Goals: In a subsequent wave, I want us to have access to something that can protect the most high-risk patients, for example plasma therapy. And, most of all, I hope we learn from this pandemic that we absolutely need systemic, large-scale investment in preparedness research: studying the best way to be prepared for large-scale outbreaks. These types of viruses had been on the list of pandemic threats for years, these and a whole host of others. I think that this has been a real wake-up call.
Primary task: I am head of the department of Infectious Disease Modelling. The modellers in my department are hard at work running the numbers on how and when to introduce measures or open up more, forecasting the demand for care, calculating the required intensity of control, and determining the reproduction number (R) of the virus. We also set up surveillance tools based on online technologies and mobility.
Right now everyone is being pushed incredibly hard. My most important task is to make sure that the critically important things are being handled properly and that everyone has what they need to keep doing their jobs right.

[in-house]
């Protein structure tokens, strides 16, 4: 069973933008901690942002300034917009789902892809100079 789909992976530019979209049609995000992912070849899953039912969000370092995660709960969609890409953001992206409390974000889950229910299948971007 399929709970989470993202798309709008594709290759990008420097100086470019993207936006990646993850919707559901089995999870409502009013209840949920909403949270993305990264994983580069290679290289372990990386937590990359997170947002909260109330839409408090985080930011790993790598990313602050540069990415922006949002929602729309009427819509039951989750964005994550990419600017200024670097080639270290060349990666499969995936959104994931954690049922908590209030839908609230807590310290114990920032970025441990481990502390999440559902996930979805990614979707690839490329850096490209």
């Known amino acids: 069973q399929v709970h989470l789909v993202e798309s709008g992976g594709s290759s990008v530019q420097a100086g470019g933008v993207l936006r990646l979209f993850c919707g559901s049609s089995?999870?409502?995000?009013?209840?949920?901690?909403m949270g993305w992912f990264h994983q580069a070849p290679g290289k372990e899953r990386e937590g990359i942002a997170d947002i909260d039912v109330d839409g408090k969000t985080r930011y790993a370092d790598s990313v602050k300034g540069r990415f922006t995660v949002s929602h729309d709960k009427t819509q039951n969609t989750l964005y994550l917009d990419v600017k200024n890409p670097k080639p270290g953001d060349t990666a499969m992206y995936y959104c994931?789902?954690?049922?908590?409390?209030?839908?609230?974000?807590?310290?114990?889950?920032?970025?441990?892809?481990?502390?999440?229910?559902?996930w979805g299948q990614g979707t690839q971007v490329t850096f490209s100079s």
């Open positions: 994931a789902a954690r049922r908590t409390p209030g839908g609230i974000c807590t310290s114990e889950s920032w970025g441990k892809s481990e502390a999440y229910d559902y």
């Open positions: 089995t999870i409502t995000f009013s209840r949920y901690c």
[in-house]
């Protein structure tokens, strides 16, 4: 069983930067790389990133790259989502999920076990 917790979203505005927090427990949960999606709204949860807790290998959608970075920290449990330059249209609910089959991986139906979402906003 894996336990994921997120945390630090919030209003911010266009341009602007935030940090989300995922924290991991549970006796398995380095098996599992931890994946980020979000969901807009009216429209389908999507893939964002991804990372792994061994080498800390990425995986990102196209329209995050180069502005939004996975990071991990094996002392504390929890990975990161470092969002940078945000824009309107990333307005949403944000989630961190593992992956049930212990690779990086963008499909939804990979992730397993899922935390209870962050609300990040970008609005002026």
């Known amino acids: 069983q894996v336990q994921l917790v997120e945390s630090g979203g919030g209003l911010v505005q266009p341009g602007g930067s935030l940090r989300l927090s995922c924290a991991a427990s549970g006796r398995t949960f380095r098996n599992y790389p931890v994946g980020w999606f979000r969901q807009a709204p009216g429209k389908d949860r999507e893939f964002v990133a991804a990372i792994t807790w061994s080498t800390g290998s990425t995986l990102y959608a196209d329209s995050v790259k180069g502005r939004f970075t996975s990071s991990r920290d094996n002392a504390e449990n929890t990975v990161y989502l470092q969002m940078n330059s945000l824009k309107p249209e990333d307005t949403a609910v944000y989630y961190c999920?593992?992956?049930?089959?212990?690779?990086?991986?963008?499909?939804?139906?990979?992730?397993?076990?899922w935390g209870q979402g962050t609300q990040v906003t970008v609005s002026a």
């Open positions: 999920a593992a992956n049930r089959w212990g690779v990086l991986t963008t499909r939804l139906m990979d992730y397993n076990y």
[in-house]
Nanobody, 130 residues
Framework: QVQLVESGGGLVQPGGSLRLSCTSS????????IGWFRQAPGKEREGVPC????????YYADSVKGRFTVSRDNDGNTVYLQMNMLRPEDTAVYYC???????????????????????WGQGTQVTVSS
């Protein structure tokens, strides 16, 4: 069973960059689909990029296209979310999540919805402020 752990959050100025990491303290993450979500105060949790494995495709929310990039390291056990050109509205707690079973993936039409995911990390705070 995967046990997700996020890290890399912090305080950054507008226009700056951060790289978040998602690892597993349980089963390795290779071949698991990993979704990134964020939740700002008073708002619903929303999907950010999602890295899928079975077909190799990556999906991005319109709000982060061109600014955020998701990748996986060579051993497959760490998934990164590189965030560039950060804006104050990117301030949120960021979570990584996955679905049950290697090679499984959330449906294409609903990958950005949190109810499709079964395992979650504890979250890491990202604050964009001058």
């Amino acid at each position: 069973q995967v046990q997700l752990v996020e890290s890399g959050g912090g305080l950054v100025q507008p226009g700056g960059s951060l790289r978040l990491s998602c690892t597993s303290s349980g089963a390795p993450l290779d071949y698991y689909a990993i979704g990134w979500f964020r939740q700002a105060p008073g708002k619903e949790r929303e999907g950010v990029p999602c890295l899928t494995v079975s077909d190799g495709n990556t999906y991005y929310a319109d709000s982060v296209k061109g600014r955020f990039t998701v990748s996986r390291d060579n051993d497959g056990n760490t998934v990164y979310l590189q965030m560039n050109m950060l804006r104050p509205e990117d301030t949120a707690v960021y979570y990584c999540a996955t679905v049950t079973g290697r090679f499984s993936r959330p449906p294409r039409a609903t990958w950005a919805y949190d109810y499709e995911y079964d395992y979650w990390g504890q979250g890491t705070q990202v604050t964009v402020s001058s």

Struggled most with: Not having enough time to read and answer all the e-mails with offers for help. It was heartwarming to see how everyone came together in offering assistance. But the questions that we faced in this crisis were very unpredictable, so it turned out to be difficult to make use of all the help that was offered. Setting up new partnerships is no easy task in the midst of a crisis. Setting up triage points for this was an obvious choice.
Gets energy from: The family at home, where building with Lego is much more important than the coronavirus epidemic. And satisfaction comes from the tremendous amount of work getting done inside RIVM. Sometimes we get cards and e-mails from random strangers from all over, thanking us for our work. So extraordinary, and it is really motivating to get that encouragement.
Key weapon in the fight against coronavirus: Perspective! Epidemics like this one do not happen often in the Netherlands, but if you look back through the centuries, they have happened on more than one occasion. And as bad as it is, people have always found a way to adapt and go on living.
Goals: Preventing the epidemic from getting out of hand. Think about what the Netherlands would look like if the healthcare system were overwhelmed, hospitals were overflowing, and someone in your household was deathly ill but could not arrange access to healthcare. When you look around and see what is happening elsewhere in the world, you know that it could have happened here. That has been prevented in the Netherlands.